Venogram showing a filling defect in the popliteal vein (arrows).
Once the diagnosis of VTE has been made, antithrombotic therapy should be initiated promptly. If clinical suspicion for VTE is high, it may be prudent to start treatment while the diagnosis is objectively confirmed. The goals of VTE treatment are the prevention of mortality and morbidity associated with PE and the prevention of the postthrombotic syndrome (PTS). Treatment regimens may include antithrombotic therapy, temporary or permanent vena cava filter placement, catheter-directed or systemic thrombolytic therapy, and operative thrombectomy.
Most often, antithrombotic therapy for VTE is initiated with IV or subcutaneous (SC) unfractionated heparin or SC low molecular weight heparin. Fondaparinux, a synthetic pentasaccharide, is sometimes also used as an alternative to heparin to initiate therapy. An oral vitamin K antagonist, usually sodium warfarin, is begun shortly after initiation of IV or SC therapy. Either SC or IV therapy is continued until effective oral anticoagulation with warfarin is achieved as indicated by an international normalized ratio (INR) ≥2 for 24 hours. A minimum of 5 days of heparin or fondaparinux therapy is recommended.27 Recently, the U.S. Food and Drug Administration (FDA) has also approved alternative oral anticoagulants for both treatment and prophylaxis for VTE.
Unfractionated heparin (UFH) binds to antithrombin via a specific 18-saccharide sequence. This increases antithrombin activity over 1000-fold. The antithrombin-heparin complex primarily inhibits factor IIa (thrombin) and factor Xa and, to a lesser degree, factors IXa, XIa, and XIIa of the coagulation cascade. In addition, UFH also binds to tissue factor pathway inhibitor, which inhibits the conversion of factor X to Xa, and factor IX to IXa. Finally, UFH catalyzes the inhibition of thrombin by heparin cofactor II via a mechanism independent of antithrombin.
UFH therapy is most commonly administered with an initial IV bolus of 80 units/kg. Weight-based UFH dosages have been shown to be more effective than standard fixed boluses in rapidly achieving therapeutic levels.28 The initial bolus is followed by a continuous IV drip at 18 units/kg per hour. The half-life of IV UFH ranges from 45 to 90 minutes and is dose dependent. The level of antithrombotic therapy should be monitored every 6 hours using the activated partial thromboplastin time (aPTT), with the goal range of 1.5 to 2.5 times control values. This should correspond with plasma heparin anti-Xa activity levels of 0.3 to 0.7 IU/mL.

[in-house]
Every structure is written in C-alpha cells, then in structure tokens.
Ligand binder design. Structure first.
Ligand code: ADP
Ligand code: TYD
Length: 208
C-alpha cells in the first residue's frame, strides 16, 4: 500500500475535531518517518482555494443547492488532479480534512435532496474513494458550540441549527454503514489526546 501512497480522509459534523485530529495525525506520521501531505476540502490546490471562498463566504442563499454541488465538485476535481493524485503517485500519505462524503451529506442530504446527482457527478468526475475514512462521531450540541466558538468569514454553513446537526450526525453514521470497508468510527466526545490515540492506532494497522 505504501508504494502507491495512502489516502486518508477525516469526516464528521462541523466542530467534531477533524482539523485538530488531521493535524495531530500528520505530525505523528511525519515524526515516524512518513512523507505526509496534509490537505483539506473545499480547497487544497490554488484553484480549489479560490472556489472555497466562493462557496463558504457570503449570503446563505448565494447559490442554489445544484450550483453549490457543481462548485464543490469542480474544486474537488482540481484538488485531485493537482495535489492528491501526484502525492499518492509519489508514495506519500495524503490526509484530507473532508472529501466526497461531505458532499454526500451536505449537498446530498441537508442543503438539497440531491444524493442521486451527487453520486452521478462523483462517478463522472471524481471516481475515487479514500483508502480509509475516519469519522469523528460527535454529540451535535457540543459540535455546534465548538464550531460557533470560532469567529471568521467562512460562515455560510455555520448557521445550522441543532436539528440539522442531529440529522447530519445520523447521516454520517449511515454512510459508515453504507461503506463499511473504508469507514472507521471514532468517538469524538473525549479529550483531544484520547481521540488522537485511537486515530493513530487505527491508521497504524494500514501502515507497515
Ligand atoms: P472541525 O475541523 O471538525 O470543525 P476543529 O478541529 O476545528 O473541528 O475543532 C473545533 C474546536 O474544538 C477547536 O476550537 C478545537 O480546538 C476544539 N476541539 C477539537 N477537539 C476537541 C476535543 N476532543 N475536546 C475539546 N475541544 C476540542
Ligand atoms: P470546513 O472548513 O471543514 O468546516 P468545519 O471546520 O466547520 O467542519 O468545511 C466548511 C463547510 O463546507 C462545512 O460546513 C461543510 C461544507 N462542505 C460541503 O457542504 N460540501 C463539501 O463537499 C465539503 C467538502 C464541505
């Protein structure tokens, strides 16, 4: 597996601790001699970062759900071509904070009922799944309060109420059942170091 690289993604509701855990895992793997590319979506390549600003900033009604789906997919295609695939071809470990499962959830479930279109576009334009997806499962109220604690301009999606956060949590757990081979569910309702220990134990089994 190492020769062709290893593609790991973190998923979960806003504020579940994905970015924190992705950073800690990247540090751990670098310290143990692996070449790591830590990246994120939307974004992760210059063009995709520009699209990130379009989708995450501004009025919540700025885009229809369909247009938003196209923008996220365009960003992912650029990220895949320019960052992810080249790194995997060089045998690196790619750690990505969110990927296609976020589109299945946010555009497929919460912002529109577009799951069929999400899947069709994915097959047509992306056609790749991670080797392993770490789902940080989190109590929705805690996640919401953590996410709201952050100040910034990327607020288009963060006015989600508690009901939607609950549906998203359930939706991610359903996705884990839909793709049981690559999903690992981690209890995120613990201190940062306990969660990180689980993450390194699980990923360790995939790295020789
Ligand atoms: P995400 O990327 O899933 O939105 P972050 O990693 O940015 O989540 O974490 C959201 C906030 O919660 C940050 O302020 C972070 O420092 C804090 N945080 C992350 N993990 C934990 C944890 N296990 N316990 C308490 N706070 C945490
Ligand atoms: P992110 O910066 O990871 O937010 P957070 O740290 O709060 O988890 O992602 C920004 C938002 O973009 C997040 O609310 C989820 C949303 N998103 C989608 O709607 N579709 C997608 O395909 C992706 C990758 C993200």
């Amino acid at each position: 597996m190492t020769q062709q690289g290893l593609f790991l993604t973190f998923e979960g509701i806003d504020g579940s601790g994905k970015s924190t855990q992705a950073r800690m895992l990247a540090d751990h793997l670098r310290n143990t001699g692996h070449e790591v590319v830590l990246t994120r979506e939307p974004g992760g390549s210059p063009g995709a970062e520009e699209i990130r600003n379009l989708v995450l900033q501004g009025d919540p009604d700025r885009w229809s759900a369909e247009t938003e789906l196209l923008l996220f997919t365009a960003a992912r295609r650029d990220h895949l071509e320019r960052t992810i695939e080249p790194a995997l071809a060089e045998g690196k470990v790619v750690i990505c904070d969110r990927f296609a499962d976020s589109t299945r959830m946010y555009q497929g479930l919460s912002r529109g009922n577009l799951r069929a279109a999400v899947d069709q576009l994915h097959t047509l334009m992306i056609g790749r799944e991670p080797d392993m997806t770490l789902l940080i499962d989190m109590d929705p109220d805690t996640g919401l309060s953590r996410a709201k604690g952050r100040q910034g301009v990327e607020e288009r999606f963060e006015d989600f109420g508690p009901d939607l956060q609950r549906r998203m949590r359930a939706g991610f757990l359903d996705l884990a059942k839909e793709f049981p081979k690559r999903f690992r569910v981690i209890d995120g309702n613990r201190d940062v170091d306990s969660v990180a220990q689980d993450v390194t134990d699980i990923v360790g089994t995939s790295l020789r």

Initial anticoagulation with UFH may also be administered SC, although this route is less commonly used. Adjusted-dose therapeutic SC UFH is initiated with 17,500 units, followed by 250 units/kg twice daily, and dosing is adjusted to an aPTT goal range similar to that for IV UFH. Fixed-dose unmonitored SC UFH is started with a bolus of 333 units/kg, followed by 250 units/kg twice daily.29
Hemorrhage is the primary complication of UFH therapy. The rate of major hemorrhage (fatal, intracranial, retroperitoneal, or requiring transfusion of >2 units of packed red blood cells) is approximately 5% in hospitalized patients undergoing UFH therapy (1% in medical patients and 8% in surgical patients).29 For patients with UFH-related bleeding complications, cessation of UFH is required, and anticoagulation may be reversed with protamine sulfate. Protamine sulfate binds to UFH and forms an inactive salt compound. Each milligram of protamine neutralizes 90 to 115 units of heparin, and the dosage should not exceed 50 mg IV over any 10-minute period. Side effects of protamine sulfate include hypotension, pulmonary edema, and anaphylaxis. Patients with prior exposure to protamine-containing insulin (NPH) and patients with allergy to fish may have an increased risk of hypersensitivity, although no direct relationship has been established. Protamine administration should be terminated if any side effects occur.